We add that the collective bargaining agreement elsewhere clearly contemplates the hospital's right to subcontract for services lasting longer than six months. It establishes the procedure for unionized-employee layoffs resulting from union work being performed by subcontracted workers—layoffs which would not realistically occur if service subcontracts were limited to six months. The arbitrator's analysis did not address the discord between the award and this implication.
The hospital presents additional arguments challenging the arbitrator's award, but our holding that the arbitrator exceeded his power eliminates the need to address them.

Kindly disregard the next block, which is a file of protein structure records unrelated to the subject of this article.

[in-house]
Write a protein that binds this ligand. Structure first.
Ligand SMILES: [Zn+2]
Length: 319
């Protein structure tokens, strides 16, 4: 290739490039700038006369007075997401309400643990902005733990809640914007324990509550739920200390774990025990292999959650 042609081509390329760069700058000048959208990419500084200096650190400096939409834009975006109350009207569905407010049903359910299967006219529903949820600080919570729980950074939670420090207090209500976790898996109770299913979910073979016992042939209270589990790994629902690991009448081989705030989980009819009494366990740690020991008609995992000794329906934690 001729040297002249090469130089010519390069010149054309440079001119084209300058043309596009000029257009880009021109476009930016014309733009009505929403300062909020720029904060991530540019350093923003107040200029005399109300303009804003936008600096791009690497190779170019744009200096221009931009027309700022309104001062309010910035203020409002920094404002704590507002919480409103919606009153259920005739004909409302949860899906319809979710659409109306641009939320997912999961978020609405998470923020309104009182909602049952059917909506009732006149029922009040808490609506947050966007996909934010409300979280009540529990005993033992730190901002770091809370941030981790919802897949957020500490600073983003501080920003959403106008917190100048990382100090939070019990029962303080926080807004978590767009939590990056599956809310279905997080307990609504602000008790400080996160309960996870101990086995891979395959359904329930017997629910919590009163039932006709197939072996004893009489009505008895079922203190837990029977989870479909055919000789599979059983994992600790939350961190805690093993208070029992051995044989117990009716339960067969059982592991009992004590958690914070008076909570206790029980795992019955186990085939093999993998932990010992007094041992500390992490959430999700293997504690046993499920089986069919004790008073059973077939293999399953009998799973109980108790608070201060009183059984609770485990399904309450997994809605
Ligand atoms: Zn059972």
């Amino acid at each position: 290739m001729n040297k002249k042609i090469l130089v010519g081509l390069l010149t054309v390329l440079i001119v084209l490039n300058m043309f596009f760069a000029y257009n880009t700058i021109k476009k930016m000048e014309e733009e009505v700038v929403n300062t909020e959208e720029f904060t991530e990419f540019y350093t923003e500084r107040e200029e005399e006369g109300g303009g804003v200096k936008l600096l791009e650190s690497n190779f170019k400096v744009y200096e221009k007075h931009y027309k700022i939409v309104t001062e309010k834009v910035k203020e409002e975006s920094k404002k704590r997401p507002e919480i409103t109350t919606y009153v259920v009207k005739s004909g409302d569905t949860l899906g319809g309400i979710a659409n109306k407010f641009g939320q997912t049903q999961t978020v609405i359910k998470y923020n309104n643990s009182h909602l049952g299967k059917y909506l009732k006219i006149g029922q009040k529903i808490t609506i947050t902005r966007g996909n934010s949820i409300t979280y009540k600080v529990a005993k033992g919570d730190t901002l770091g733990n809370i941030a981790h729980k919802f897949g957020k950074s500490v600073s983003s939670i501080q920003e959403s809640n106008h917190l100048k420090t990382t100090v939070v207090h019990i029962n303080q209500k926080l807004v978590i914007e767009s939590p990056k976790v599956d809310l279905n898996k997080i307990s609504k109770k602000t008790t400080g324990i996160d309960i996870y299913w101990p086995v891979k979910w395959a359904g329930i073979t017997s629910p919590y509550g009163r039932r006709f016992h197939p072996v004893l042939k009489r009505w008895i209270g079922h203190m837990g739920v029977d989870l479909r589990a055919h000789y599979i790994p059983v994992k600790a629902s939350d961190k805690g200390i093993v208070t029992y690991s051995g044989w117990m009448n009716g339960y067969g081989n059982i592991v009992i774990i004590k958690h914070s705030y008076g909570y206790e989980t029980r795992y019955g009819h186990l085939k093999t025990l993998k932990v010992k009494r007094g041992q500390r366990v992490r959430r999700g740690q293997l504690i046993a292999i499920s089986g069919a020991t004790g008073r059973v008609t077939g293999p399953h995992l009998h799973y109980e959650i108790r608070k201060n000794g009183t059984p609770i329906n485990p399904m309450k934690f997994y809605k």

The arbitrator issued an award that does not draw its essence from the parties’ agreement by exceeding the expressly limited power conferred in the agreement and purporting to resolve a purely theoretical conflict in a manner that nullifies a bargained-for term. The district court erred by confirming the arbitration award, which applied the collective bargaining agreement's six-month, temporary-employee restriction to the hospital's staffing-agency subcontracts. We reverse the district court's judgment confirming the arbitration award, and we remand for the district court to vacate the award.
Reversed and remanded.
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Docket No: A21-1079
Decided: April 25, 2022
Court: Court of Appeals of Minnesota.